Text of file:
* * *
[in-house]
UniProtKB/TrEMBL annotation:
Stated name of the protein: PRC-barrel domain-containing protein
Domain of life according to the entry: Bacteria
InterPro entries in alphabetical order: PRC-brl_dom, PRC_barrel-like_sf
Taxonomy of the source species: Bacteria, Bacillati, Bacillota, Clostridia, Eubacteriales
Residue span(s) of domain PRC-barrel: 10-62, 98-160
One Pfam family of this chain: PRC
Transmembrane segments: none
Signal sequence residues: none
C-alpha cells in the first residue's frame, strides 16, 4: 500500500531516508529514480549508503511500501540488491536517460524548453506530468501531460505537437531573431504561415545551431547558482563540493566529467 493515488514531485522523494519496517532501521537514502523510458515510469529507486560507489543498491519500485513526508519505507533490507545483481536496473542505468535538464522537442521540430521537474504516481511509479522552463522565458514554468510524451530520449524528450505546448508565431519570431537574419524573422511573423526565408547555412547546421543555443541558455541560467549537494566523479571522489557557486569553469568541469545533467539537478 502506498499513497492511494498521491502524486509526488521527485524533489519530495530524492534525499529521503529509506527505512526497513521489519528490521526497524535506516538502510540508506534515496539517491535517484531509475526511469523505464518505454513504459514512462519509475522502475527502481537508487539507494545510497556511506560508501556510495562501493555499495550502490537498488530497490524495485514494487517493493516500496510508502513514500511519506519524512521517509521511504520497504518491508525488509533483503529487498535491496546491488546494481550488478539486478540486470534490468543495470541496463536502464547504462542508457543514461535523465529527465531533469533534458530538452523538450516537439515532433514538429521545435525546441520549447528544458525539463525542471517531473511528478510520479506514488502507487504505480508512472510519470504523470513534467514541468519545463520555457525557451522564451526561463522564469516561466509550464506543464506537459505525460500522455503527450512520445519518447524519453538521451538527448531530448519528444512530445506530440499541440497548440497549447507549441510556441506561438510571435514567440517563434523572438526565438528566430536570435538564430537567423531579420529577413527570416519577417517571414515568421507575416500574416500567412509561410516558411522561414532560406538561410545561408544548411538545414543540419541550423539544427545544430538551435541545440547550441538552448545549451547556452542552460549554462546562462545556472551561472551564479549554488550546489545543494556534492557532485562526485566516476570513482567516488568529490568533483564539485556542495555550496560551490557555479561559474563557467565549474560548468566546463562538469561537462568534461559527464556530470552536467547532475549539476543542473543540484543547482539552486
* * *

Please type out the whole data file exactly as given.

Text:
[in-house]
UniProtKB/TrEMBL annotation:
Stated name of the protein: PRC-barrel domain-containing protein
Domain of life according to the entry: Bacteria
InterPro entries in alphabetical order: PRC-brl_dom, PRC_barrel-like_sf
Taxonomy of the source species: Bacteria, Bacillati, Bacillota, Clostridia, Eubacteriales
Residue span(s) of domain PRC-barrel: 10-62, 98-160
One Pfam family of this chain: PRC
Transmembrane segments: none
Signal sequence residues: none
C-alpha cells in the first residue's frame, strides 16, 4: 500500500531516508529514480549508503511500501540488491536517460524548453506530468501531460505537437531573431504561415545551431547558482563540493566529467 493515488514531485522523494519496517532501521537514502523510458515510469529507486560507489543498491519500485513526508519505507533490507545483481536496473542505468535538464522537442521540430521537474504516481511509479522552463522565458514554468510524451530520449524528450505546448508565431519570431537574419524573422511573423526565408547555412547546421543555443541558455541560467549537494566523479571522489557557486569553469568541469545533467539537478 502506498499513497492511494498521491502524486509526488521527485524533489519530495530524492534525499529521503529509506527505512526497513521489519528490521526497524535506516538502510540508506534515496539517491535517484531509475526511469523505464518505454513504459514512462519509475522502475527502481537508487539507494545510497556511506560508501556510495562501493555499495550502490537498488530497490524495485514494487517493493516500496510508502513514500511519506519524512521517509521511504520497504518491508525488509533483503529487498535491496546491488546494481550488478539486478540486470534490468543495470541496463536502464547504462542508457543514461535523465529527465531533469533534458530538452523538450516537439515532433514538429521545435525546441520549447528544458525539463525542471517531473511528478510520479506514488502507487504505480508512472510519470504523470513534467514541468519545463520555457525557451522564451526561463522564469516561466509550464506543464506537459505525460500522455503527450512520445519518447524519453538521451538527448531530448519528444512530445506530440499541440497548440497549447507549441510556441506561438510571435514567440517563434523572438526565438528566430536570435538564430537567423531579420529577413527570416519577417517571414515568421507575416500574416500567412509561410516558411522561414532560406538561410545561408544548411538545414543540419541550423539544427545544430538551435541545440547550441538552448545549451547556452542552460549554462546562462545556472551561472551564479549554488550546489545543494556534492557532485562526485566516476570513482567516488568529490568533483564539485556542495555550496560551490557555479561559474563557467565549474560548468566546463562538469561537462568534461559527464556530470552536467547532475549539476543542473543540484543547482539552486